War should be waged against food waste

War should be waged against food waste

Food insecurity has increased in South Africa since the Covid-19 pandemic. According to figures from late 2020, 9,34 million people (16% of the total population) faced the spectre of hunger, even though South Africa is a food exporter.

The sad truth is that an unacceptably high percentage of the food produced in the country goes to waste, says Brendon Jewaskiewitz, president of the Institute of Waste Management of Southern Africa.

“A prosperous and stable country is impossible if so many people don’t have enough food. In a developing country like South Africa, ensuring food security is ultimately a hot political issue,” he says. “Quite simply, we need to ensure that all South Africans have enough to eat, and that begins with reducing the amount of food that is wasted.”

Research published by the Council for Scientific and Industrial Research (CSIR) in 2021 estimates that 10,3 million tonnes of food is lost or wasted annually in South Africa. This equates to 34,3% of local production, or 45% when one takes exports into account. The largest proportion (49%) is lost during processing and manufacture, with 8% lost during primary production and 19% lost during post-harvest handling and storage.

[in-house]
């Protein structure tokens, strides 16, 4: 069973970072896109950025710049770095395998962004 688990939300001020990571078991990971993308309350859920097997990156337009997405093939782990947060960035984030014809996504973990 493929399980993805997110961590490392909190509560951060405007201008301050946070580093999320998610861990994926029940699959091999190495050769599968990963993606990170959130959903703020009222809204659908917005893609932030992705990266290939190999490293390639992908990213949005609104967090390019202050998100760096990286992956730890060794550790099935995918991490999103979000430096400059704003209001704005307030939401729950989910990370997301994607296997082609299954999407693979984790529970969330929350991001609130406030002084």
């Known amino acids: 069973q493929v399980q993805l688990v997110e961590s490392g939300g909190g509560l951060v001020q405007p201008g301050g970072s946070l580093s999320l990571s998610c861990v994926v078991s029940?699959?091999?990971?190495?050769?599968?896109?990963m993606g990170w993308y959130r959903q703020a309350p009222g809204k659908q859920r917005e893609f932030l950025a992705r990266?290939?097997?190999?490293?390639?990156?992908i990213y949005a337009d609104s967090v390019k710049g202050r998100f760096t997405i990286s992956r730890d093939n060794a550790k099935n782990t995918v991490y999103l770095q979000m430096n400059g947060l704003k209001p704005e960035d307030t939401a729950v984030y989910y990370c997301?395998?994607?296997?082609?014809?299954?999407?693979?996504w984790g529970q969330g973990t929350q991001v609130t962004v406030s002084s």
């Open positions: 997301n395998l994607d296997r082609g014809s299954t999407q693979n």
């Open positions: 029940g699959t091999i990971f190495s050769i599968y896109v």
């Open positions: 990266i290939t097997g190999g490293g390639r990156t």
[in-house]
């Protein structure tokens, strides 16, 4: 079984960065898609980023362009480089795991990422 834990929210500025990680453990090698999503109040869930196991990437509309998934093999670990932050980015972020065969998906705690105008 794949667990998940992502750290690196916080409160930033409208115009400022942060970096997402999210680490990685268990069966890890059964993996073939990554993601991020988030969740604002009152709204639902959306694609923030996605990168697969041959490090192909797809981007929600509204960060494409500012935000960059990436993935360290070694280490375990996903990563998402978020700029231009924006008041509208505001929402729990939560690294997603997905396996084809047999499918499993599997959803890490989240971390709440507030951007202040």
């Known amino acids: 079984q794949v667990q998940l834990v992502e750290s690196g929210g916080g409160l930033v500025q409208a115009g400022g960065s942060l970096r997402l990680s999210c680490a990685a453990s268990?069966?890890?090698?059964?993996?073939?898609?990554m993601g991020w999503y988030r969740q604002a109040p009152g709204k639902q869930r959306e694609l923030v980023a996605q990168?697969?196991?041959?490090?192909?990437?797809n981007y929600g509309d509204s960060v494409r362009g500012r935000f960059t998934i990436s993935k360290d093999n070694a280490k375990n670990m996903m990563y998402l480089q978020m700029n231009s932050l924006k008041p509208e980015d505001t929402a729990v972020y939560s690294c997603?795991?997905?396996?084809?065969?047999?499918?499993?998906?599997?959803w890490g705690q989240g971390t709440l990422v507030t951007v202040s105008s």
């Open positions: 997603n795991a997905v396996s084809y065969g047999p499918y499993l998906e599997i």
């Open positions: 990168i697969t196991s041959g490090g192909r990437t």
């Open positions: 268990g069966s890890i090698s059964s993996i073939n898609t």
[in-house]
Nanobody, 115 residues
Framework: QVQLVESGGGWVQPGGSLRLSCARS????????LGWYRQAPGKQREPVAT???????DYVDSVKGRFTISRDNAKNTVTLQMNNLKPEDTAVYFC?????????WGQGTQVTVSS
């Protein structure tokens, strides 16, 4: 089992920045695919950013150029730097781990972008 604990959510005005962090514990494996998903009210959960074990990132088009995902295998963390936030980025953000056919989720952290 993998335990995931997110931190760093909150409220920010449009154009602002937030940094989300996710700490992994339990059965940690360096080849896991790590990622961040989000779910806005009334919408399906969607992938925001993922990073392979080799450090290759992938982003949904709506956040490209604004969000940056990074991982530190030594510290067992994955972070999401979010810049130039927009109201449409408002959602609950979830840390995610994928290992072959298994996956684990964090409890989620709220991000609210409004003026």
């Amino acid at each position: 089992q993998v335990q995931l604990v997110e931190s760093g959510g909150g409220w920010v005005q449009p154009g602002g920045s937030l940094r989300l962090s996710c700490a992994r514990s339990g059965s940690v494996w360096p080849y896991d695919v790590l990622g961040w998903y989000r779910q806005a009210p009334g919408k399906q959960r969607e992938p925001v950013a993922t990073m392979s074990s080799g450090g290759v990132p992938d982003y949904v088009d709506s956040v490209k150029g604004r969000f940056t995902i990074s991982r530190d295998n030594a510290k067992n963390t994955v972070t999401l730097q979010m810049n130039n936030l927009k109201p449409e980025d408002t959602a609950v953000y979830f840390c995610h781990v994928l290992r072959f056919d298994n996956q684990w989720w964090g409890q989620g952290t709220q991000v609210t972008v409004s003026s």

As much as 18% of total food waste occurs at the household and general consumer level. This means that almost one fifth of what we purchase ends up in the rubbish bin.

Jewaskiewitz says that food wastage is serious, not just because it reduces the amount of food available for consumption – it has severe environmental consequences as well. While some food waste is used as animal feed, the vast majority finds its way into landfills where it generates large amounts of methane, a greenhouse gas some 22 times more potent than carbon dioxide. Decaying food and organic matter can also pollute ground and surface water reserves.

One must also take into account the pollution created along the whole food value chain, including fertiliser use, machinery and vehicles emitting gases, and packaging.

Reducing food waste will also mean that the world will not have to produce so much extra food to supply the needs of burgeoning populations, particularly in Africa and Asia. Increased agriculture will mean reduced biodiversity and higher levels of emissions.

“Role players across the value chain are using IT and related technologies like artificial intelligence and machine learning to predict demand more accurately and improve production, handling, and storage processes,” Jewaskiewitz points out. “Consumers can also play a significant part by shopping and planning better to minimise the food that they waste.

“We need to change our mindset as a society to target food wastage as part of our broader drive to eliminate hunger, and care for our planet.”

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